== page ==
F#, WebSharper, JavaScript, HTML5, Mobile etc.

I'm catching up on blogging about what's been going on in F# lately.

One thing that happened over the vacation is that the F# HTML5/Mobile development tool called WebSharper is now open source, and free for use for open source projects (details on the site). There is also a community project called Pit (also on github) which compiles F# to JavaScript, and which I'll write about separately. You can use these today in conjunction with F# 2.0 in Visual Studio 2010. With WebSharper there is ASP.NET integration as well, and add-ons to target extra web/HTML5/mobile functionality.

If you don't know about WebSharper, the website is here. The guys behind the project call WebSharper "the world's most versatile web and mobile development platform".

As we all know, there is a growing amount of activity in compiling languages to JavaScript, e.g. languages like Dart. Now, compiling-to-JavaScript is not functionality Microsoft include with F# 2.0 or 3.0. But personally I think its great to see the F# community compiling F# to JavaScript with both WebSharper and Pit. It seems like this is an area where the community will be really active.

And I can see why. When you do JavaScript/HTML5/mobile programming with F# as the development language, you get the usual F# goodness: strong typing, full intellisense, type inference, asynchrony, pattern matching, Visual Studio development, units of measure, ... and the power of a modern typed functional programming language. You also get the performance and functionality of .NET for the portion of your code that runs on the server side. No need to use NodeJS on the server to get a homogeneous language across client/server. And no need to wait for new languages.  Indeed, this is related to the research vision pursued by Tomas Petricek when he first got involved in F# back in 2006.

Furthermore, on the server-side you get the option of cloud integration, including the Azure technologies for ASP.NET, Hadoop on Azure and Cloud Numerics, and emerging tools like M-Brace. This gives homogeneous strongly-typed programming with a modern, high-productivity functional langauge, all the way from device to cloud, and encompassing the traditional enterprise along the way.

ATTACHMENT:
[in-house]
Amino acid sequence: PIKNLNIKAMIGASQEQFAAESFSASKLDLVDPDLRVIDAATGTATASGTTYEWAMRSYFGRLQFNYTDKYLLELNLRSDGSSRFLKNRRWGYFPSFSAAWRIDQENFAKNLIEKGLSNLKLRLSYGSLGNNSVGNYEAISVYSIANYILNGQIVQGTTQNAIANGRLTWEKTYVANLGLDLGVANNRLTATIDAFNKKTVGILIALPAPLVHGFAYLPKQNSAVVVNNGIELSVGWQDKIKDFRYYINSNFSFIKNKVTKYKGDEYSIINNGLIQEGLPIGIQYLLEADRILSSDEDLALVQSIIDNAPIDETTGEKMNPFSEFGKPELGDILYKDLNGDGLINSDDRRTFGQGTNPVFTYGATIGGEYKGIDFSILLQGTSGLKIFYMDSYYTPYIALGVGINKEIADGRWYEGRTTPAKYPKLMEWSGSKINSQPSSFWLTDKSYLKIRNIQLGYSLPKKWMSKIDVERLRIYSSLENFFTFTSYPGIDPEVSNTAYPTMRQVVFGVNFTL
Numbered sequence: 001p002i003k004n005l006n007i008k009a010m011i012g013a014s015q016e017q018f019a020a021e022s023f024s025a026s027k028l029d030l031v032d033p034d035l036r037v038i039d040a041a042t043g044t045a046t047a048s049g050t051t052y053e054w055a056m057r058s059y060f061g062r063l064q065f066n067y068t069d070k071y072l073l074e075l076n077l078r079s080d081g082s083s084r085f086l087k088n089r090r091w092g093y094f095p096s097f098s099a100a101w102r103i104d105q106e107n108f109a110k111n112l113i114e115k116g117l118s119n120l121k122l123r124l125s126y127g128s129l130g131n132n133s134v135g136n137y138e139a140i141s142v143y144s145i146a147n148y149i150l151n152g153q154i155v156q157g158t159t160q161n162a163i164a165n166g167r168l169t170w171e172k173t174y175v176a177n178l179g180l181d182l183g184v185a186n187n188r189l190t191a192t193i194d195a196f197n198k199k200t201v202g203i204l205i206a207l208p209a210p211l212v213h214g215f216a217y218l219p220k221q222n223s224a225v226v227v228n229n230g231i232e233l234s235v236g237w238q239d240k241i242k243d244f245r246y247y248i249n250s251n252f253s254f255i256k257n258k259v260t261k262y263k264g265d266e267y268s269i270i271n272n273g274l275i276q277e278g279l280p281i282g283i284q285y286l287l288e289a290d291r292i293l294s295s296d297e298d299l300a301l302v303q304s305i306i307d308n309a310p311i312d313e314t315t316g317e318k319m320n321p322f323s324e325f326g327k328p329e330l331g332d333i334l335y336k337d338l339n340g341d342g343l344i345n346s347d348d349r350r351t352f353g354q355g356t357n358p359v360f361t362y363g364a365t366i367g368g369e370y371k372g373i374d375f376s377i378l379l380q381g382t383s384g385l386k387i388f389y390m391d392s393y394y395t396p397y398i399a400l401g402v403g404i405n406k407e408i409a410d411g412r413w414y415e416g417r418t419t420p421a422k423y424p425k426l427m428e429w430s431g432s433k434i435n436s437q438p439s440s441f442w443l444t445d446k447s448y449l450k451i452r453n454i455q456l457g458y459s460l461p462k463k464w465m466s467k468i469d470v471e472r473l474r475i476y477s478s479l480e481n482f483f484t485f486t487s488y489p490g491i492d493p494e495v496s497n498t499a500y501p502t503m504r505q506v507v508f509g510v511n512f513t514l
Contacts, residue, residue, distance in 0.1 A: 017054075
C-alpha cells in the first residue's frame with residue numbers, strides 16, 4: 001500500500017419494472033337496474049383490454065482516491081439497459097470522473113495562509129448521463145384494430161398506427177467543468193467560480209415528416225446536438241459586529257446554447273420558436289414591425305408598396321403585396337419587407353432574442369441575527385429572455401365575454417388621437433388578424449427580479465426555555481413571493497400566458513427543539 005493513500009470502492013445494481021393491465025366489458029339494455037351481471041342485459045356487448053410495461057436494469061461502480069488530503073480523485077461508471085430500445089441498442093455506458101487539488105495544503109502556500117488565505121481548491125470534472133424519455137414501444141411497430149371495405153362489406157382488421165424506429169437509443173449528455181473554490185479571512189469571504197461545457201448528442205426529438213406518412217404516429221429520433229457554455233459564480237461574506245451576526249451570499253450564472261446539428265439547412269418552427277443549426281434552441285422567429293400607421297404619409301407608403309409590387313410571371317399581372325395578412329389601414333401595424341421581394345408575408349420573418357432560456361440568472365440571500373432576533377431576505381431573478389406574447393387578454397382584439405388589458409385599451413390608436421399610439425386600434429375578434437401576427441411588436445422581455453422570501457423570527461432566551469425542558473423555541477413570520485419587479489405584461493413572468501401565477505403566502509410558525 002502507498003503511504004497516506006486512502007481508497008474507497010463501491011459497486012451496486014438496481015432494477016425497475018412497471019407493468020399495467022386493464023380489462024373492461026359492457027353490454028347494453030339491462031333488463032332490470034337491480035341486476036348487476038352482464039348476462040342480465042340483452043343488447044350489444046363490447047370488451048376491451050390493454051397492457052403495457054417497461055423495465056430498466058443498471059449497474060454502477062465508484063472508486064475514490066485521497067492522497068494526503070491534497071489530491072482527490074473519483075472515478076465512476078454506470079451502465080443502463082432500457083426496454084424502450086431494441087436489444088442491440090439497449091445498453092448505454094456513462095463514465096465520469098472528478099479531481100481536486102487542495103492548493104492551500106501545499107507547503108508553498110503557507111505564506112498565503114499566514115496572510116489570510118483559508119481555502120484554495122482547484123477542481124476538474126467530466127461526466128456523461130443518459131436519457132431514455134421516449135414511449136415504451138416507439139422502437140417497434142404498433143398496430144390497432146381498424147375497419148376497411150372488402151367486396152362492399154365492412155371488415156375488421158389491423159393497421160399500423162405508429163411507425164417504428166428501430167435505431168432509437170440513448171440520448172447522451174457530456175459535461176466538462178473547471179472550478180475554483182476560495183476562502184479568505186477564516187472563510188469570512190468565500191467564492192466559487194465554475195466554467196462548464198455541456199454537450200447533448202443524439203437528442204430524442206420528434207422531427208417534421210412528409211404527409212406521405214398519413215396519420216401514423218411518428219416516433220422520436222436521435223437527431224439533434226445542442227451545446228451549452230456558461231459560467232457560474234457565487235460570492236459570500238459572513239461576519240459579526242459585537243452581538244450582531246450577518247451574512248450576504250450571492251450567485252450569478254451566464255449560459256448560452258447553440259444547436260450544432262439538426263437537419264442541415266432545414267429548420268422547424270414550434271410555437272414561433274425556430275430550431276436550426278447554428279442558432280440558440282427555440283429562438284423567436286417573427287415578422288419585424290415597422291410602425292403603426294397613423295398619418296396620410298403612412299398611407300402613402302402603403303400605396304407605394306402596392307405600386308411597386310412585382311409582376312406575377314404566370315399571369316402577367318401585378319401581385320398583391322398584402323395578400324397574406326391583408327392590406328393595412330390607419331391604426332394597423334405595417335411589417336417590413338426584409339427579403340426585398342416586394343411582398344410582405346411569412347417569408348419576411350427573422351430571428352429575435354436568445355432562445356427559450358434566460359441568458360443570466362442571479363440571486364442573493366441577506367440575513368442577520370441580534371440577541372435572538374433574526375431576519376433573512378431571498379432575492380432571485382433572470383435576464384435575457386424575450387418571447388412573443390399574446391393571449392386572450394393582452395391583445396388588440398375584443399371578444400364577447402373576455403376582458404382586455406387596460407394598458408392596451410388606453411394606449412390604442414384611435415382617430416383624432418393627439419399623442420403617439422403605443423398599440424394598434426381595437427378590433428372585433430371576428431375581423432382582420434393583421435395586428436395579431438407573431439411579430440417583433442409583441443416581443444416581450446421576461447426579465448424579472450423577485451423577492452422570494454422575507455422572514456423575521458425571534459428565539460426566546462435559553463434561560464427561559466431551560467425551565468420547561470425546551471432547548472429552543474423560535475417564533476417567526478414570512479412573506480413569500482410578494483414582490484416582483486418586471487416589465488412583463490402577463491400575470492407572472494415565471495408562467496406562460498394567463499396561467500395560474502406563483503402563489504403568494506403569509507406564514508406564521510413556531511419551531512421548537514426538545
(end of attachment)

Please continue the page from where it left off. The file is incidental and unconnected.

Equally, I can see the attraction of other techniques for the device UI, and that would be our normal recommendation for F# in the absence of WebSharper and Pit. HTML5 and JavaScript are themselves a great ecosystem. And you can use standard JavaScript/HTML5 (or CoffeeScript/HTML5) over F#-implemented services on the server-side. The F# MVP Dan Mohl has been tweeting and blogging about those possibilities a lot lately.

My personal belief is that JavaScript/HTML5 progrmaming will, over time, trend towards a range of languages which will support homogeneous client/server programming. JavaScript itself is and will remain huge. But it seems we're sure to continue to see typed languages that compile to both JavaScript and .NET/JVM/.... (GWT, Opa etc.)  If you look at these kinds of languages, it seems to me that F# is nicely set up to play well in this space over the long term. F# is a succinct modern language, and logically speaking the language is relatively independent of .NET. Also, perhaps somewhat surprisingly, F# translates quite nicely to JavaScript, and indeed is quite similar to JavaScript in its focus on things like functional-first programming and asynchrony.

So, is F# "just" a .NET language? If you ask the F# community, it encompasses HTML5 and JavaScript as well. And certainly F# is an ASP.NET and Cloud language, through .NET, and for my day-to-day work my focus is on compiling F# to .NET and other implementations of the CLI (well, I'm very much focused on the wonderful new features for F# 3.0 available in the Visual Studio 11 Developer Preview). But the community seem to be taking F# to JavaScript/HTML5, and indeed F# was very much designed with this kind of flexibility in mind.

In any case, I like the idea that a language like F# is a living thing and that the community are doing things along these lines. Through making and using these tools they are taking F# to important places.



Comments (1)

  1. coco says:

    amazing article Sr Don Syme..I've a question..It's Pit enought mature for be a serious competitor for coffeescript or clojurescript…I've seen than websharper only support a few javascripts libs (althought very important libs..) pit seem be most powerfull but I don't know if this've the enought support to grown..although if you help them I'm sure than it would be a serious competitor

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